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Parenting Tips for Handling Toddlers

Posted Aug 26 2008 3:30pm

Parenting Tips for Handling Toddlers

Child , Handling Misbehaviour , My Articles , Parenting , Toddler



As Featured On Ezine Articles

Children have never been very good at listening to their elders, but they have never failed to imitate them. ~ James Baldwin

Toddlers would be referring to the age of 1-3 years old . This is the time when they learn so fast but yet still could not really express fully and clearly what they want or need. The following are the usual 3 situations where most parents would find it hard to handle their toddlers.

1 Whining

If your child whines when she wants something, encourage her to stop whining and ask nicely. “Mavis, stop whining for a drink, ask nicely.”

Show her how to ask properly. “Mavis, tell mummy….’mummy, can I have a drink, please?’”

Use a pleasant voice and praise your child when she has done what you have requested. “Well done, Mavis. You have asked very nicely. Yes, you can have the drink.”

2 Going Shopping

Before you go into the shop with your child, remind her of the rules you would like her to follow.

“Stay close to mummy and daddy.” “Ask mummy and daddy first before you touch anything.” “Walk when you are in the shop.”

Suggest rewards if your child follows the rules.”When you do what mummy and daddy tell you, we will bring you to the playground after we leave the shop.”

Remember, always praise your child when she did well.

3 Resisting the seat belt

Many toddlers strongly object to being confined in a car seat, especially if they are physically active.

The best time to start using a car seat is when your child is still a baby and to put your child in a car seat every time, without exception, she travels in a car.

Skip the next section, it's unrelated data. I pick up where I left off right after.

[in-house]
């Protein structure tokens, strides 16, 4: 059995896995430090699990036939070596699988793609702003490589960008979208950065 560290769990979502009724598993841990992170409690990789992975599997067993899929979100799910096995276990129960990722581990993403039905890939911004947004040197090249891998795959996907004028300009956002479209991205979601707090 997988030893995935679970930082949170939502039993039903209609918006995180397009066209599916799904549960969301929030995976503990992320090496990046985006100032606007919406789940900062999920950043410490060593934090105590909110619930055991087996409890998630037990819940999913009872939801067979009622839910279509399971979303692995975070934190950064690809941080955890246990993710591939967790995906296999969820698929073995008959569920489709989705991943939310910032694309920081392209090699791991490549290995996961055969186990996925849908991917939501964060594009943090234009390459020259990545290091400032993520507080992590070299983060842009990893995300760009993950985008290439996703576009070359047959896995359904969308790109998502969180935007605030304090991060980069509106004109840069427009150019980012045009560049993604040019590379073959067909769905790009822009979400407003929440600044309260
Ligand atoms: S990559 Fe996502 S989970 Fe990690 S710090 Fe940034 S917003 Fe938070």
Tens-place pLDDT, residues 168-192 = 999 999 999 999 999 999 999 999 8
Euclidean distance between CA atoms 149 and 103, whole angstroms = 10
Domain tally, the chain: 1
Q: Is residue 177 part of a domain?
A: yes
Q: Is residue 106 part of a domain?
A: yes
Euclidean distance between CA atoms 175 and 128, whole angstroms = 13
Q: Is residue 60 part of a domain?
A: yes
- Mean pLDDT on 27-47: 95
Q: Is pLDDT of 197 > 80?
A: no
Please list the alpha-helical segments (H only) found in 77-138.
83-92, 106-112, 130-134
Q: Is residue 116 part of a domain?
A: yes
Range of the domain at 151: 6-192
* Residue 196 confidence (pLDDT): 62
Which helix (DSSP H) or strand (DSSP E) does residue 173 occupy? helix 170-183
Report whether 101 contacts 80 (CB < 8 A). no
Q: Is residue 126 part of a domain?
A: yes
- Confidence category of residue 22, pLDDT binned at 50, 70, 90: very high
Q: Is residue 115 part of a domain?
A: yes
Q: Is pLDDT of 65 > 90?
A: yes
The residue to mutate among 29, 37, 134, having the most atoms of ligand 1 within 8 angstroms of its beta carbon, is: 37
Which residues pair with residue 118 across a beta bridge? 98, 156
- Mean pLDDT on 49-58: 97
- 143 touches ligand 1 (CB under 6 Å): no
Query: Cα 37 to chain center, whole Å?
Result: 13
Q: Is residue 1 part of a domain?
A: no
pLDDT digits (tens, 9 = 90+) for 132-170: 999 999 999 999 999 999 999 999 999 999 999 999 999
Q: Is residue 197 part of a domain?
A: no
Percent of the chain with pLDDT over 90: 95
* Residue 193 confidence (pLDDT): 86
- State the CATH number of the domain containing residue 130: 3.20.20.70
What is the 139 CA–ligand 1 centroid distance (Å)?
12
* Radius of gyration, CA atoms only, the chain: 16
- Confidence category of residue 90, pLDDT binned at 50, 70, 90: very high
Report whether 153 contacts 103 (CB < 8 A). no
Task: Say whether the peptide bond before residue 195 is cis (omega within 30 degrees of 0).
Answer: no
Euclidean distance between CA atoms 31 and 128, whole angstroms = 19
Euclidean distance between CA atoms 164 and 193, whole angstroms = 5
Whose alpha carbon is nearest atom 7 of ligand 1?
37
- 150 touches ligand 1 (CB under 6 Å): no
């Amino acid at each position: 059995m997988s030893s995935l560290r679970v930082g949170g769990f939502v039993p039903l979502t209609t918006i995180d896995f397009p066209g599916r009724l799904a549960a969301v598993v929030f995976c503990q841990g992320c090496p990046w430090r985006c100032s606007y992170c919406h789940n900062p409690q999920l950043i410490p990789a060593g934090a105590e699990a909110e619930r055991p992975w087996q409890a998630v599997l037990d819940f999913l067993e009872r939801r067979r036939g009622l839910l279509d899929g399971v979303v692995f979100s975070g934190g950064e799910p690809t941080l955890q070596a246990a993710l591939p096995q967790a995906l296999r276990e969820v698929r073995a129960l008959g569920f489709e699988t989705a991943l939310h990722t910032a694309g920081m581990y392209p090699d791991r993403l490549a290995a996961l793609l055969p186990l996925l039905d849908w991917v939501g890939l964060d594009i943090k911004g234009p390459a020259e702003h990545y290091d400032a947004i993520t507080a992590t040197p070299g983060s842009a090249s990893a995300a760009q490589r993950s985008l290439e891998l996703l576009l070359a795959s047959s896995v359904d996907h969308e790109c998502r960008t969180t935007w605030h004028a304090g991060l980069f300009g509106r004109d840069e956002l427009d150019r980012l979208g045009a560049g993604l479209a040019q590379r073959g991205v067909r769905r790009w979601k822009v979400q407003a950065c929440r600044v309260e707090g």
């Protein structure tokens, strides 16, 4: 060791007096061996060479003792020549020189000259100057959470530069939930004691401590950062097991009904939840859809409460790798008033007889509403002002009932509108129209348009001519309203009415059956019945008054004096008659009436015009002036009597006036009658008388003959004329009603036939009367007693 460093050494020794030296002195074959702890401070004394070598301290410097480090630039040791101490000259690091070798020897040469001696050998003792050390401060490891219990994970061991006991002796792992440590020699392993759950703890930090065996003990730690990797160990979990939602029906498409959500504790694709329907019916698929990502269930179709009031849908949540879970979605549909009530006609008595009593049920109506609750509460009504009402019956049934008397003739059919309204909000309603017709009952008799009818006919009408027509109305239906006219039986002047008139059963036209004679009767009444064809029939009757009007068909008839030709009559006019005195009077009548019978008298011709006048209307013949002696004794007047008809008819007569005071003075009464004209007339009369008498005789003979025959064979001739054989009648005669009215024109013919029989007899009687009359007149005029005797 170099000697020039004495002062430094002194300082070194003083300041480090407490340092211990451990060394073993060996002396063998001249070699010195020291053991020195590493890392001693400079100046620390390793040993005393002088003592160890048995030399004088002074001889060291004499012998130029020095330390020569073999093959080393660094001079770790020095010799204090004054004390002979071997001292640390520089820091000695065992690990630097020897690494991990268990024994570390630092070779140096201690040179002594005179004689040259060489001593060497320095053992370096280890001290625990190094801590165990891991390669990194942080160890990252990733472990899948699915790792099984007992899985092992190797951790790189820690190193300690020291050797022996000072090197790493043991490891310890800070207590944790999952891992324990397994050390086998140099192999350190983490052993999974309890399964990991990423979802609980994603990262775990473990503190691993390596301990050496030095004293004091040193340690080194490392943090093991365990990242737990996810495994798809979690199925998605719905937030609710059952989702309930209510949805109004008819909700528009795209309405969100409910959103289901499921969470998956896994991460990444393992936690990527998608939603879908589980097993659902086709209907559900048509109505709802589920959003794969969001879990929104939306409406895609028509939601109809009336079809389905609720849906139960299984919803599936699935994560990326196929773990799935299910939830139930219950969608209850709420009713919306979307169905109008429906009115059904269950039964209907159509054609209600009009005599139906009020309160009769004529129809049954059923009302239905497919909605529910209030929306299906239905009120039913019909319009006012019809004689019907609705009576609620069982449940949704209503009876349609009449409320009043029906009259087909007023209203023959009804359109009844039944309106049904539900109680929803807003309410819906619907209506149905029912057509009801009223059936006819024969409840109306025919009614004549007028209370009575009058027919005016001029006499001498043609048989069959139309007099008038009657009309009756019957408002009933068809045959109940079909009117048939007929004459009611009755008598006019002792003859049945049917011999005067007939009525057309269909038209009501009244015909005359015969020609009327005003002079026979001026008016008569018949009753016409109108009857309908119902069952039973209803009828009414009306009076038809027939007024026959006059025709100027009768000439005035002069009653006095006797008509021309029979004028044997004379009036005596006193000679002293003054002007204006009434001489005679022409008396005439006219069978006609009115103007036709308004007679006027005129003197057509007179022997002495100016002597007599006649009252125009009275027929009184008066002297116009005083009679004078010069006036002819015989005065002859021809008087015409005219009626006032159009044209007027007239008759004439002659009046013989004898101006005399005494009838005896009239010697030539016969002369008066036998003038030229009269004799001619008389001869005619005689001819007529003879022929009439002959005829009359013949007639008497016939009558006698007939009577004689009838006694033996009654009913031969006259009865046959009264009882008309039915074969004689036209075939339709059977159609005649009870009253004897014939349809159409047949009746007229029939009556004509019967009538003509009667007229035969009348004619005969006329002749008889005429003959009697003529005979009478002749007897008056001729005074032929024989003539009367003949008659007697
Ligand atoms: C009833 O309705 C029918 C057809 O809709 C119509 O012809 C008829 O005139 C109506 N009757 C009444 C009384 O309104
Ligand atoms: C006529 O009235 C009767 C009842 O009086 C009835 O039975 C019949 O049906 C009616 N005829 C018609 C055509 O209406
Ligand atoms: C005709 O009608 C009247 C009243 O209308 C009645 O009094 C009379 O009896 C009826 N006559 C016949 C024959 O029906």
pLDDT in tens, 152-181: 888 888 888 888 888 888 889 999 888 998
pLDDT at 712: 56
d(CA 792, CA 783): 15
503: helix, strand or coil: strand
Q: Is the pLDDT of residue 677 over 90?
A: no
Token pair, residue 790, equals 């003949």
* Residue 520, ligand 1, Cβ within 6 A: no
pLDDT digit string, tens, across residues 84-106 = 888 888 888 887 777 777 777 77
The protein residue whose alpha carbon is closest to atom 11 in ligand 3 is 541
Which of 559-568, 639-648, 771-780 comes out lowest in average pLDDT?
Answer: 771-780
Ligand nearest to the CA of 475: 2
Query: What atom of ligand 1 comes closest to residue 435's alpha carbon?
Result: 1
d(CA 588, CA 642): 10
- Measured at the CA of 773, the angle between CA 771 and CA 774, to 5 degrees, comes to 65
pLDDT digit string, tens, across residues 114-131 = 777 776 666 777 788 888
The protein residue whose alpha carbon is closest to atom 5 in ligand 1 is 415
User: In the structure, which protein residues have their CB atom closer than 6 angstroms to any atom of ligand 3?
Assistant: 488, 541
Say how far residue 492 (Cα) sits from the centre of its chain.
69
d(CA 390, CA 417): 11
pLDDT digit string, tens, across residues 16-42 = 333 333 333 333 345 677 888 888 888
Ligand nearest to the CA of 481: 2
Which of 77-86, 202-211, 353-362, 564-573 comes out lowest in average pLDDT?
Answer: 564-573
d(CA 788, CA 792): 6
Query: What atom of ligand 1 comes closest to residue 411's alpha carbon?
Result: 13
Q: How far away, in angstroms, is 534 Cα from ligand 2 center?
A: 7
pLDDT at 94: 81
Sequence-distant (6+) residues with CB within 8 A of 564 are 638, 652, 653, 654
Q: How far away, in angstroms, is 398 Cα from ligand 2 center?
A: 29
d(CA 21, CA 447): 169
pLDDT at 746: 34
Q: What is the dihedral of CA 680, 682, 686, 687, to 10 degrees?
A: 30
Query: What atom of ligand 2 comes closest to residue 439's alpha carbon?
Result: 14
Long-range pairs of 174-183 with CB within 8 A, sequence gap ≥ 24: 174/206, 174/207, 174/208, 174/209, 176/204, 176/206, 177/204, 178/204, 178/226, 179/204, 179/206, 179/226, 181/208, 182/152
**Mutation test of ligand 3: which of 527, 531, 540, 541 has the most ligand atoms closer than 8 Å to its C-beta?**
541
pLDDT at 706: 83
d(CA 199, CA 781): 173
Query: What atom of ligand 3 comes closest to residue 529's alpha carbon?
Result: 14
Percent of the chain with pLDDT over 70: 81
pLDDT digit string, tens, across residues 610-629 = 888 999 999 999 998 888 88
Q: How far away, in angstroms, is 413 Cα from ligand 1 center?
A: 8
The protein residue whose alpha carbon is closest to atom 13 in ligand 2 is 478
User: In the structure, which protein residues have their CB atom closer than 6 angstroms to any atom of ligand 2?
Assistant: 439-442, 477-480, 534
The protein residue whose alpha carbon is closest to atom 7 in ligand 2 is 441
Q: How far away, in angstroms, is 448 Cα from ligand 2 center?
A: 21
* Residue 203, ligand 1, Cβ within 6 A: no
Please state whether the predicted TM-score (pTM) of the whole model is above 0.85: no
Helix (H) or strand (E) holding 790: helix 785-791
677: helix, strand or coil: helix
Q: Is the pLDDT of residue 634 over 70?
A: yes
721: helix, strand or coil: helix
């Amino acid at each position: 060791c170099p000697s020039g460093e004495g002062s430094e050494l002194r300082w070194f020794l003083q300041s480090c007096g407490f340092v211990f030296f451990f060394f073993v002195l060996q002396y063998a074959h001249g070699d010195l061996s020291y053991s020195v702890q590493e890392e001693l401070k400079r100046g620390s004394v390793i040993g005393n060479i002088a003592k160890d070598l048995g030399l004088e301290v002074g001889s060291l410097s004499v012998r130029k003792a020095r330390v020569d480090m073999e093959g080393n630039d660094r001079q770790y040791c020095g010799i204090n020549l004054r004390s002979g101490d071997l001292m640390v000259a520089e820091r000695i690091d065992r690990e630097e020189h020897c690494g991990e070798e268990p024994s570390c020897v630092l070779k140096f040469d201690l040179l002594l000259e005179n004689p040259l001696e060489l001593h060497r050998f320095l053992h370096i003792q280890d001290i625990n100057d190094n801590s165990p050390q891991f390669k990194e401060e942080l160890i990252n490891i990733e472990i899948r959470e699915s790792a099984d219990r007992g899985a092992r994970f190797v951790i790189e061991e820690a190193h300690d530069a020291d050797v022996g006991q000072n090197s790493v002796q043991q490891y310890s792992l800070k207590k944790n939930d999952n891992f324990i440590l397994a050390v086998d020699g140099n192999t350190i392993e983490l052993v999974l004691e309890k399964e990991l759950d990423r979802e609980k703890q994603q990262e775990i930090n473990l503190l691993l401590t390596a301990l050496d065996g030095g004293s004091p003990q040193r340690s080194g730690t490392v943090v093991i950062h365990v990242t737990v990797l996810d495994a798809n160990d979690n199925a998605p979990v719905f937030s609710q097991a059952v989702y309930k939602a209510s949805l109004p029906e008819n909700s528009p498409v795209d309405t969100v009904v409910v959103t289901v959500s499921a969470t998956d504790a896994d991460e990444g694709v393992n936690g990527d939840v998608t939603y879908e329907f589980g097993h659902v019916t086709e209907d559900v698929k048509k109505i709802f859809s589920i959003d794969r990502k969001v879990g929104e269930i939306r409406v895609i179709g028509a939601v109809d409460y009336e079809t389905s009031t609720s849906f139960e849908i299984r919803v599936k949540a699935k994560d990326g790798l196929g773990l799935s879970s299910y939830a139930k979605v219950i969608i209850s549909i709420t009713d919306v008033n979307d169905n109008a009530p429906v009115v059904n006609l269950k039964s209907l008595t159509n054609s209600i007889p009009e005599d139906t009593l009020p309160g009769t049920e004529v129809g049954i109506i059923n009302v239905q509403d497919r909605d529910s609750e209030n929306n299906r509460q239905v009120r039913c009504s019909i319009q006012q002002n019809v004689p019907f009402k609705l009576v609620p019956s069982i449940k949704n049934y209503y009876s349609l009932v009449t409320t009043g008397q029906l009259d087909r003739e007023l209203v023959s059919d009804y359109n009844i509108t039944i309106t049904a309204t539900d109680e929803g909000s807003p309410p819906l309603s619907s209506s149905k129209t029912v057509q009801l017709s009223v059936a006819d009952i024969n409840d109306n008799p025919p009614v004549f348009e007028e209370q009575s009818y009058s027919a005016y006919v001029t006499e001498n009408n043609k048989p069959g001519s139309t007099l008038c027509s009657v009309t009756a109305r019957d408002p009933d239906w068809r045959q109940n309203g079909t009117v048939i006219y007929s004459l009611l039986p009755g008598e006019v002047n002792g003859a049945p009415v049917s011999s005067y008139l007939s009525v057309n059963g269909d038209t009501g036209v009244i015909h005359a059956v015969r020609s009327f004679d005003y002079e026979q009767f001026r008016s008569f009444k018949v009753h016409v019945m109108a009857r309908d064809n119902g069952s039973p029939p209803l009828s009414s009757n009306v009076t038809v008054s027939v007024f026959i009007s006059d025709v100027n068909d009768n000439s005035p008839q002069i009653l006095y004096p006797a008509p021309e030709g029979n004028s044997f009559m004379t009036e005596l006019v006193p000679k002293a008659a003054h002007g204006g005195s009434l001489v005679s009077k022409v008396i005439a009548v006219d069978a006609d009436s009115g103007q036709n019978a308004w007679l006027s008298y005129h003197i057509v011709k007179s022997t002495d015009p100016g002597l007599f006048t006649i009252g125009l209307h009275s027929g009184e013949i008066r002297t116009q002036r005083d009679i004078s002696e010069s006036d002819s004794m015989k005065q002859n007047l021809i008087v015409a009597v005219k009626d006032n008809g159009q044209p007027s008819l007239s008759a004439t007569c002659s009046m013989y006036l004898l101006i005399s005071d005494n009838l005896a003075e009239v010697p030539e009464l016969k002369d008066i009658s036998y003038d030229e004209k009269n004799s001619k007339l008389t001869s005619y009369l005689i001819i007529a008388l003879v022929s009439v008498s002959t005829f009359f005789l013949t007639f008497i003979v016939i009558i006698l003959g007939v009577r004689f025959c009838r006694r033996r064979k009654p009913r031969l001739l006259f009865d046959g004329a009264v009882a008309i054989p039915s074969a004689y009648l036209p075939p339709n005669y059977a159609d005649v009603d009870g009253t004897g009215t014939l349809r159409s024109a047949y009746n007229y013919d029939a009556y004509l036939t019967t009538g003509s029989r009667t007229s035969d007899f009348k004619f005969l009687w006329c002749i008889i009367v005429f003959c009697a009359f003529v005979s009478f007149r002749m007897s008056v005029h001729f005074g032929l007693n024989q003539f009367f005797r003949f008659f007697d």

Make “belting up” a habit, instead of an instruction. This would come naturally if the habit started when she is a baby and she can see that you, her role model, belt up too.

If the habit was not established since young, then you will need to tell your child that she could climb into the seat herself, or you will put her in. Follow through and put her in the car seat if she doesn’t climb in herself.

Look for good behaviour and offer praise when your child cooperates. “Great job, Mavis, good girl. You can climb into your seat yourself.”

Reward good behaviour. Say in a pleasant voice, “When you’re in your car seat, you may have a sticker.”

Empower your child. Let your child choose a favourite “car toy” to take in the car. Make sure the toy is safe and soft so that it does not hurt anyone if you stop the car suddenly.

Children learn by modelling. Show her how you put your seat belt on.

Toddlers respond best to the tone of your voice, not the words you say. So practice to manage your own emotions, take control of your tone.

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